* About thirty years ago there lived in the legs (for they the only their arms), village a boy olibis description. In the winforms a very striking sight to a per ter, he duscd away his time in a kind of corson beholding them for the first time. pid state, seldoın departing from his father's When employed in fishing, they ex chimney corner; but in the summer, he was Bibil a very curious picture on ac all alert in quest of bees, and it was wondercount of the contrast which is ob ful how expert he was in catching them, servable in all those ohjects. They When he caught any, he wouid first disarm carry along with thein a small trians them of their stings, and either immediately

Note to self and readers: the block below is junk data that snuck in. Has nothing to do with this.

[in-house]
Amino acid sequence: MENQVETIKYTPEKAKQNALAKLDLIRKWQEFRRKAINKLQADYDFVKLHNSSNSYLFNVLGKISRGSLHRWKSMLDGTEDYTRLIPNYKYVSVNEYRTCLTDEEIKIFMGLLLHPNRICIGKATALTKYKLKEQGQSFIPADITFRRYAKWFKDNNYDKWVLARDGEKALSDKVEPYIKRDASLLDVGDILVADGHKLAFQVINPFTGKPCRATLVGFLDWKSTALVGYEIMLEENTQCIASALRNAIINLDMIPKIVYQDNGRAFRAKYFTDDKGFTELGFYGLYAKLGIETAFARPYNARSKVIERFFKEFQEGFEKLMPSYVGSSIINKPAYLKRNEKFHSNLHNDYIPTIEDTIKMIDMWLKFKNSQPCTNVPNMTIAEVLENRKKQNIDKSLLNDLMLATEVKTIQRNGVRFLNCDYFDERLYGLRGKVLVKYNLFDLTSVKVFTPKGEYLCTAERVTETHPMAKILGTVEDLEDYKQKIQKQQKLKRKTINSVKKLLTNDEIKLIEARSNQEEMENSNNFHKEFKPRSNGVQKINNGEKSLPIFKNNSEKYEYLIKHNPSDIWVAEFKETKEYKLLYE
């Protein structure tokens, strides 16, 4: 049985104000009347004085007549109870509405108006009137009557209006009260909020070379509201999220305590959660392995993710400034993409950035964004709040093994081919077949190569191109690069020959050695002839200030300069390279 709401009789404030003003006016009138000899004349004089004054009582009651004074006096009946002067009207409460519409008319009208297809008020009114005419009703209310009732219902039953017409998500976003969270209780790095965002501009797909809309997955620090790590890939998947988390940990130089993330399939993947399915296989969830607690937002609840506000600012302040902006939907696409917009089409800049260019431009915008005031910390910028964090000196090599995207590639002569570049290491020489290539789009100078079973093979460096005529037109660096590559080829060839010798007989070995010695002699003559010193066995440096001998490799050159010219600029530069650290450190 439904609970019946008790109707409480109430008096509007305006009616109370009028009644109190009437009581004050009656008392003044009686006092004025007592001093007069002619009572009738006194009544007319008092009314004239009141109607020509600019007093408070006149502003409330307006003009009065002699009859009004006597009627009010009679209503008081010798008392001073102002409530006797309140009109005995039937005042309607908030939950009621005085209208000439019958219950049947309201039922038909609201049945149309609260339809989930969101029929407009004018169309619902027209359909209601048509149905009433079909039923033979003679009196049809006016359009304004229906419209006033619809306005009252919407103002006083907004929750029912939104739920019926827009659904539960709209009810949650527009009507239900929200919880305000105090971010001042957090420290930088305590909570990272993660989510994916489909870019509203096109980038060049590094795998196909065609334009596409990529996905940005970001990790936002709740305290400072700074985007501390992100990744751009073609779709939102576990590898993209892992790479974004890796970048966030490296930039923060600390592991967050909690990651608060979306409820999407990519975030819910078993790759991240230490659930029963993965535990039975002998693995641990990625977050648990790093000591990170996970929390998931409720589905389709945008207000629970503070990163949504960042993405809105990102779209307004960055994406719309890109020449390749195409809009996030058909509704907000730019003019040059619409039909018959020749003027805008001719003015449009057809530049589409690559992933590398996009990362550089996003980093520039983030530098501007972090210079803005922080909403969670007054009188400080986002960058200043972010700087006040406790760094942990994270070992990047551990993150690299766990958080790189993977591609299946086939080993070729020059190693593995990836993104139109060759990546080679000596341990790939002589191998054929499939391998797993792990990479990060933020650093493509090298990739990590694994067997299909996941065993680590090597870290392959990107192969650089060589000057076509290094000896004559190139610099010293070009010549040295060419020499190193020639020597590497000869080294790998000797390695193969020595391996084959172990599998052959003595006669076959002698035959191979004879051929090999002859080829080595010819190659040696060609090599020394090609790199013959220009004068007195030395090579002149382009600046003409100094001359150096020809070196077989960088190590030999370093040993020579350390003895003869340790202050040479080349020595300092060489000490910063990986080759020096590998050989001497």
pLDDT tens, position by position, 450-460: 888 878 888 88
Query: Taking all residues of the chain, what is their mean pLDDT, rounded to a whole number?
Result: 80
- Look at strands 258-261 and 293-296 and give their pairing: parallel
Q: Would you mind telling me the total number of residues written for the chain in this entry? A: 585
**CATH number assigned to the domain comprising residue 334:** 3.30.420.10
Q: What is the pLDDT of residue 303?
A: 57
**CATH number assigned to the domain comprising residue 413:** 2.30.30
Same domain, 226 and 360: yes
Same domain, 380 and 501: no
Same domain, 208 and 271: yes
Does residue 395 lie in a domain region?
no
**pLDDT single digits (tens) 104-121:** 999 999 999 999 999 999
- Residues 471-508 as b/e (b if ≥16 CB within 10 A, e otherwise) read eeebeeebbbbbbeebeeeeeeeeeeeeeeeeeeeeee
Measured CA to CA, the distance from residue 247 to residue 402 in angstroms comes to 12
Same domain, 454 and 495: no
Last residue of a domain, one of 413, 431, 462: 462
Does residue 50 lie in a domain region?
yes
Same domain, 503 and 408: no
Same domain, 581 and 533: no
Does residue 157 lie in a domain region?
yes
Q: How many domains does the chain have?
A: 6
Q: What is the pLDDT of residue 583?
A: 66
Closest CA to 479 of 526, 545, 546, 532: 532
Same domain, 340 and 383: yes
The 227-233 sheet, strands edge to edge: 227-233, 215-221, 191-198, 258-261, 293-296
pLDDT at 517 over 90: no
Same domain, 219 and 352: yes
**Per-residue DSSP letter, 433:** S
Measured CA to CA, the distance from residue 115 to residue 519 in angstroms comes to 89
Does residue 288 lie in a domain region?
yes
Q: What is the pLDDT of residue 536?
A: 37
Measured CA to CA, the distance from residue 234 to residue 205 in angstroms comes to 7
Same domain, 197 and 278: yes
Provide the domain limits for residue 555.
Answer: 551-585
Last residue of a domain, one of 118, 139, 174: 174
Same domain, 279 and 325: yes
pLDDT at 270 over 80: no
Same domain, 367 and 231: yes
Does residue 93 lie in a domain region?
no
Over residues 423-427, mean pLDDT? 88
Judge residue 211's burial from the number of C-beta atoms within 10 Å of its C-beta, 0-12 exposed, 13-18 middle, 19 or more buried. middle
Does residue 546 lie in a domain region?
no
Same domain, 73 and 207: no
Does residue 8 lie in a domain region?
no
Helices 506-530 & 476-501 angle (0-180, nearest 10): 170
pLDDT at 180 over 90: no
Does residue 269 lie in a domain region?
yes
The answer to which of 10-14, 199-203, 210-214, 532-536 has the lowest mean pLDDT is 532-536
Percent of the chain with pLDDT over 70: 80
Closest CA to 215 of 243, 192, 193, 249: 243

suck their bodies for the sake of their huneygular sail, which, when they have occasion to remain long seated on the bags, or fill his boom with a number of ice, they spread in order to shelter thein, carry them home, and confine them in then loin ihe wind. Having perfo- sembing the humming of bees. When a
bottles. He made a noise very much re. rated the ice with a kind of chisel, tall youih, he was removed to a distant vii. which makes a part of their appara- lage, where he died before he arrived at inan. tus, they plunge the hook into the bood.- hite's Hist. Selb.
CV. A NARATIVE of the Life of ing the pigeons disturbed, she went